Regina’s Jackson Middleton feels the same. He opened his own mortgage brokerage two years ago.
"I find that the big banks are just corporate and really don’t try to help out the little guy," says Middleton. "Plus we’re in Saskatchewan and everyone uses the credit union!"
Saskatchewan…right. It’s important to point out the regional component to this phenomenon.
"Market share in places like the Prairies and the lower mainland in British Columbia is pretty high," explains John Lahey of Ontario’s Alterna. "It's a result of historical factors. On the Prairies they’ll tell you the banks abandoned them during the depression, so the credit unions there are larger and more robust financially than in Ontario."
"[Ontario's] history is very different. By and large, we emanated out of employment locations, in our case the federal civil service and the City of Toronto employee population."
But Lahey says during the 80s those big employers became less comfortable with offering employees just one institution, and since then, credit unions in big parts of the country have had to battle it out in the marketplace, going up against big banks with big marketing campaigns.
And that may be, in part at least, the answer to why credit unions are bigger in some regions of Canada.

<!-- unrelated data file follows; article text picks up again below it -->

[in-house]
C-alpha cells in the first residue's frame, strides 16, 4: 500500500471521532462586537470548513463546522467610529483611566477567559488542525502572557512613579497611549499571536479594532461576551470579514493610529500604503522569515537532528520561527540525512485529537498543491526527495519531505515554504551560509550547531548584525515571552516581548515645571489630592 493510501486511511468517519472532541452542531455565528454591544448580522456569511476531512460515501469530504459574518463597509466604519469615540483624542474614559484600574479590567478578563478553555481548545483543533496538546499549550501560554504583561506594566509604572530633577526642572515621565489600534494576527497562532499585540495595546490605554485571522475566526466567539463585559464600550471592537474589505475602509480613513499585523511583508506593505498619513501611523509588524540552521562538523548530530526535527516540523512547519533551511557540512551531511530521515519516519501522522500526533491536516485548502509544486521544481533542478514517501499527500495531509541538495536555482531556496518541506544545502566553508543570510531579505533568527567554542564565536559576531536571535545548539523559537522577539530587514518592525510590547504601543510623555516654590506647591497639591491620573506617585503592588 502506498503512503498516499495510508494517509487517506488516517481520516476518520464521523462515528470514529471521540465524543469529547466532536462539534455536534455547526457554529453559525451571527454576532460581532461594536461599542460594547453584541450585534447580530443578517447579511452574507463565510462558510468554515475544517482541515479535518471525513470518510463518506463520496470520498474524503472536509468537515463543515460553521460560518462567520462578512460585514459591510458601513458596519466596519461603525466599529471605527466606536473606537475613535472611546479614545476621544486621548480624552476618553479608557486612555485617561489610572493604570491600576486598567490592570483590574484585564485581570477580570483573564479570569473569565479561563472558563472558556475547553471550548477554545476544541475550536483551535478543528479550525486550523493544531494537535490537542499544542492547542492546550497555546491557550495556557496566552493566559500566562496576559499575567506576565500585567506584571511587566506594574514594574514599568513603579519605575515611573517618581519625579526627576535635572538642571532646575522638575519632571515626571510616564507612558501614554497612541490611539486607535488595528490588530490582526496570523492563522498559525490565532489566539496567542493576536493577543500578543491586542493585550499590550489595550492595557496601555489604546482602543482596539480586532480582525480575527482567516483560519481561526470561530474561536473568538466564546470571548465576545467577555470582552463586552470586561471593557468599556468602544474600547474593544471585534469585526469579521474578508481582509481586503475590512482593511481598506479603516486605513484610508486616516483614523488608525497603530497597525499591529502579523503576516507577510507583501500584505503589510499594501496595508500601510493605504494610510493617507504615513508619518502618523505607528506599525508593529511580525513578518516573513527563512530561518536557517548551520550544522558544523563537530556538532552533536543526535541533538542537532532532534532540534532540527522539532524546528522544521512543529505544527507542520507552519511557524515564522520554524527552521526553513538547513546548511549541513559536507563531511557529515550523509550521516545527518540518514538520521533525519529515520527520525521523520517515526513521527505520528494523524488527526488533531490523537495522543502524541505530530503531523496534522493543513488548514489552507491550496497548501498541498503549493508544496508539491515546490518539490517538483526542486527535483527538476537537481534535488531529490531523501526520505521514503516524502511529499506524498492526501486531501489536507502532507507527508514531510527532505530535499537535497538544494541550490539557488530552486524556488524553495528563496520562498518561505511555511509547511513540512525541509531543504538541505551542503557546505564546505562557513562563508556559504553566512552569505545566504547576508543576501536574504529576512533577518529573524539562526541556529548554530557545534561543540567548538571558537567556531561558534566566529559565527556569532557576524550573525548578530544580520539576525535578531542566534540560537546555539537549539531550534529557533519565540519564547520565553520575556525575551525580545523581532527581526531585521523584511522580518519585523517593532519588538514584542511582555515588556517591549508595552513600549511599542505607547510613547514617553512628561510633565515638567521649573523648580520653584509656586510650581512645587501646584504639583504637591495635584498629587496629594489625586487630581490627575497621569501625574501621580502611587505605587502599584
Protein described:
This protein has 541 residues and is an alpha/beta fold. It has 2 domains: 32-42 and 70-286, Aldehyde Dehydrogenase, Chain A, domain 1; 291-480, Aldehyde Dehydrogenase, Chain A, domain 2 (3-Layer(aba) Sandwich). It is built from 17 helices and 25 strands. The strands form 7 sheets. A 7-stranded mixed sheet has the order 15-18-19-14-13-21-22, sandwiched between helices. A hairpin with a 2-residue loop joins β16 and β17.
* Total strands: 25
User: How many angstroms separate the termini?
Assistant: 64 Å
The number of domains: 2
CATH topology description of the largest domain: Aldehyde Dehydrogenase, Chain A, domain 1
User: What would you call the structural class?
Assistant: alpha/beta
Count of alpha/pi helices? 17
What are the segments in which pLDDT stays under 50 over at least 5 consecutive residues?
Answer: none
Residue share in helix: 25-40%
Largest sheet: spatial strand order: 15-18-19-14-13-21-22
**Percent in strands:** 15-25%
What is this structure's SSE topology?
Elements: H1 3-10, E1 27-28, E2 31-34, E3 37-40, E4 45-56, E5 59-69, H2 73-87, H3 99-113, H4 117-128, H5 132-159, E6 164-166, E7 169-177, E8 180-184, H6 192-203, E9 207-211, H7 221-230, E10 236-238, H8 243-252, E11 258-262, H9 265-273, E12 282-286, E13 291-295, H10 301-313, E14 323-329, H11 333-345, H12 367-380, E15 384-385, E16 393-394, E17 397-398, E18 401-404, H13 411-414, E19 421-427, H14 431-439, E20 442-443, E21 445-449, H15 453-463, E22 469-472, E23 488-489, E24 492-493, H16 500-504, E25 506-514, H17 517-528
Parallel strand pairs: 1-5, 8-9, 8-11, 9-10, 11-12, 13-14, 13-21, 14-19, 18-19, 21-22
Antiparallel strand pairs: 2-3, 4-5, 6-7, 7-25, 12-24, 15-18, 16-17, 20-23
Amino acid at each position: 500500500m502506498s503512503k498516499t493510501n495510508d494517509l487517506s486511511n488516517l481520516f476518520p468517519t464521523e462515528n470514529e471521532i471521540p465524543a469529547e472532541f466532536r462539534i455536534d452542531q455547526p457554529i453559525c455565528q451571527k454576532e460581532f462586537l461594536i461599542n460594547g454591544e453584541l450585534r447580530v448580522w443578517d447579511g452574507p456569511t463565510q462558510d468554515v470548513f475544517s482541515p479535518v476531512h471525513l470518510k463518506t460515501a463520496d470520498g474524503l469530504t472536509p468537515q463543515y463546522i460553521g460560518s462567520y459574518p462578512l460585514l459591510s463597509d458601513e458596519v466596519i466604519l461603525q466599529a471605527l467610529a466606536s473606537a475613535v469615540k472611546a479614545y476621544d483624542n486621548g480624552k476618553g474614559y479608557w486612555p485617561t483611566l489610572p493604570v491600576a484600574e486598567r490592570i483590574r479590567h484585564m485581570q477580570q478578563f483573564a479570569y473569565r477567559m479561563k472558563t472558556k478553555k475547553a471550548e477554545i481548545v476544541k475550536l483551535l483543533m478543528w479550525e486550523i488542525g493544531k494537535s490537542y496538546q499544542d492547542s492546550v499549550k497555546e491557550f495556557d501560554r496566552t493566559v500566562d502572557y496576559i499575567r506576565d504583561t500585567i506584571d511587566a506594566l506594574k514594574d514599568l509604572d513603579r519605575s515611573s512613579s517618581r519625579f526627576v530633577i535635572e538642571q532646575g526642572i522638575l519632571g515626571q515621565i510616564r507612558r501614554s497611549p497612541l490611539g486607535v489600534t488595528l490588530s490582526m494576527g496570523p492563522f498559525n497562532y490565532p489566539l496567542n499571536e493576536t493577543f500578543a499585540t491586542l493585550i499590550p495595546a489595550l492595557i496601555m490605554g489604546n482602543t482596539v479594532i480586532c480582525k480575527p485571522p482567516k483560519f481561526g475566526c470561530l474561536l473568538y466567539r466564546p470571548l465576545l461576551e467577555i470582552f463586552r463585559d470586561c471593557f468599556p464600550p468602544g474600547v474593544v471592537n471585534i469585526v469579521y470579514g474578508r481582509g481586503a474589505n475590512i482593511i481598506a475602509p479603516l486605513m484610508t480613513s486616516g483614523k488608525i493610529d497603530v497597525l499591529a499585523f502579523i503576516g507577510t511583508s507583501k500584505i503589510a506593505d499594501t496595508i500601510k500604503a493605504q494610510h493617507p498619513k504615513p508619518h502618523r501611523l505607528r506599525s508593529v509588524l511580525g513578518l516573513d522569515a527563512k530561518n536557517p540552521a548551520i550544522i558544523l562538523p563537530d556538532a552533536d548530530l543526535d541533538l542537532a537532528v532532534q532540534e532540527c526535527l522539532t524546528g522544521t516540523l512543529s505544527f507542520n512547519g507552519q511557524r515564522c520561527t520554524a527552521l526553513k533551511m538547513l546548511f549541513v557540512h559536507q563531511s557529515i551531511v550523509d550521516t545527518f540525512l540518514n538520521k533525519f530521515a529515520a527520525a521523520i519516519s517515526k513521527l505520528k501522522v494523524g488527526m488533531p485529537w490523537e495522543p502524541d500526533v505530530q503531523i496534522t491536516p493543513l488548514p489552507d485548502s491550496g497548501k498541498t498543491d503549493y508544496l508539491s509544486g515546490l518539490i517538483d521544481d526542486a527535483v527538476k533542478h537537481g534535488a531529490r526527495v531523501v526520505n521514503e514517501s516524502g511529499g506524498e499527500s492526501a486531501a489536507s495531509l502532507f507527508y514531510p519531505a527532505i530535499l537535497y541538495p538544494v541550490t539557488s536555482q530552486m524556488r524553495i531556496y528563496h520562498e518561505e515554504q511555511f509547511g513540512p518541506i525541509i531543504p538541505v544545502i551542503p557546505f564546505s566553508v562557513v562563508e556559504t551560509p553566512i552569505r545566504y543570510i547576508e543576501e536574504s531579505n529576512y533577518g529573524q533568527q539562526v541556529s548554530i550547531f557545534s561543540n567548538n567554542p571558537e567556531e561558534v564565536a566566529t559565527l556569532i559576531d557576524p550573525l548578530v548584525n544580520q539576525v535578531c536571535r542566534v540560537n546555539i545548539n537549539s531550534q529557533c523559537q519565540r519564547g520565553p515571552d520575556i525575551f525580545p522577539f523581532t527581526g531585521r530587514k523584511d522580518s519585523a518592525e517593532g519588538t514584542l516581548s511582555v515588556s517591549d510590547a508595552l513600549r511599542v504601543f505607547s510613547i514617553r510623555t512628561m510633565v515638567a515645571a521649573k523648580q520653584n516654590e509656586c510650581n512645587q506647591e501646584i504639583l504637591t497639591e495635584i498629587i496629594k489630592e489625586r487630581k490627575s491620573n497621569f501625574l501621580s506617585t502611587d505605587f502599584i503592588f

In response to my tweet, inquiring about entrepreneurs still favouring banks over credit unions, I got this response from someone with the Twitter name "common tator1" in New Brunswick : "As a long time credit union member/director, my sense is that we haven't done a good job of telling small business."
So what about that then? Is it true that the low credit union membership in some regions of Canada is due to a failure of marketing?
"Could we do more if we had a larger budget? Sure," says Kim Andres, "But we are pretty happy with what we have accomplished with very little mass market advertising or promotion."
Andres focuses on small business for the Canadian Business Owner Strategy Steering Committee. The CBOS is an association of about 60 credit unions from across Canada, and represents over 70 per cent of the national assets outside of Quebec.
She says a national marketing campaign may be the most cost effective strategy, but that "local relationship-building" is more aligned with credit unions' focus on communities.
The credit union movement did spend on a national advertising campaign and couple of years ago, targeting small business-people. "But then we ran into the recession and it was hard for credit unions to justify the expense at that point," says Art Chamberlain of the Central One Credit Union.
Well, if Canada’s credit unions are satisfied with their growth and reach, maybe I’m being too pushy in terms of expecting more from them. My viewpoint likely comes from hearing so many entrepreneurs' complaints about banks over the years, and believing that if small businesses had better access to credit, via a more simpatico relationship with credit unions, it would allow them to do even more in terms of job creation in Canada.
It reminds me of a little plaque I saw on the desk of Citytv founder Moses Znaimer, way back in the 80s when I worked as a writer for the summer at CityPulse News. It read "A funny thing happens when you don’t promote. Nothing."